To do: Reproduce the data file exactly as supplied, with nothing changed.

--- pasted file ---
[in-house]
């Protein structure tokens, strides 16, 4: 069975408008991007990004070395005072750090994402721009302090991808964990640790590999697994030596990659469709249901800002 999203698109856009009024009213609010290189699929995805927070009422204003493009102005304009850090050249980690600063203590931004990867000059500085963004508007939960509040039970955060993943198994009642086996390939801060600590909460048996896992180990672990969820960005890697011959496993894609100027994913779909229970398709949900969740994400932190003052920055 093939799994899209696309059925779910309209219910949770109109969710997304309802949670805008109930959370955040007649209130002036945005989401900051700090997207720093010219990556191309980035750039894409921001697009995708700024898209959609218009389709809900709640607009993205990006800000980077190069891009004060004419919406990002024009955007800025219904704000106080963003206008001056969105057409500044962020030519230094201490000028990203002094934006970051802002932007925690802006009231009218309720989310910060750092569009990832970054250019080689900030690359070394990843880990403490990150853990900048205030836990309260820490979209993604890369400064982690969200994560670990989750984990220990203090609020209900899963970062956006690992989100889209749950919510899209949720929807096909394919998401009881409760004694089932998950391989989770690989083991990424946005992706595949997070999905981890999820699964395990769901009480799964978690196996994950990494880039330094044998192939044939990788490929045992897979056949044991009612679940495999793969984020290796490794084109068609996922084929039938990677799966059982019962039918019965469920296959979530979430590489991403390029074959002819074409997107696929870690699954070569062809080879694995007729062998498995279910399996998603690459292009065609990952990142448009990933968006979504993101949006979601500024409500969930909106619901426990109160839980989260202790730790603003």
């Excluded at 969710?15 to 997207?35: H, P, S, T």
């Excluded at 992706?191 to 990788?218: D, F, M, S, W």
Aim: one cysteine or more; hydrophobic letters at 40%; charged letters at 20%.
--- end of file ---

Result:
[in-house]
């Protein structure tokens, strides 16, 4: 069975408008991007990004070395005072750090994402721009302090991808964990640790590999697994030596990659469709249901800002 999203698109856009009024009213609010290189699929995805927070009422204003493009102005304009850090050249980690600063203590931004990867000059500085963004508007939960509040039970955060993943198994009642086996390939801060600590909460048996896992180990672990969820960005890697011959496993894609100027994913779909229970398709949900969740994400932190003052920055 093939799994899209696309059925779910309209219910949770109109969710997304309802949670805008109930959370955040007649209130002036945005989401900051700090997207720093010219990556191309980035750039894409921001697009995708700024898209959609218009389709809900709640607009993205990006800000980077190069891009004060004419919406990002024009955007800025219904704000106080963003206008001056969105057409500044962020030519230094201490000028990203002094934006970051802002932007925690802006009231009218309720989310910060750092569009990832970054250019080689900030690359070394990843880990403490990150853990900048205030836990309260820490979209993604890369400064982690969200994560670990989750984990220990203090609020209900899963970062956006690992989100889209749950919510899209949720929807096909394919998401009881409760004694089932998950391989989770690989083991990424946005992706595949997070999905981890999820699964395990769901009480799964978690196996994950990494880039330094044998192939044939990788490929045992897979056949044991009612679940495999793969984020290796490794084109068609996922084929039938990677799966059982019962039918019965469920296959979530979430590489991403390029074959002819074409997107696929870690699954070569062809080879694995007729062998498995279910399996998603690459292009065609990952990142448009990933968006979504993101949006979601500024409500969930909106619901426990109160839980989260202790730790603003």
């Excluded at 969710?15 to 997207?35: H, P, S, T």
């Excluded at 992706?191 to 990788?218: D, F, M, S, W």
Aim: one cysteine or more; hydrophobic letters at 40%; charged letters at 20%.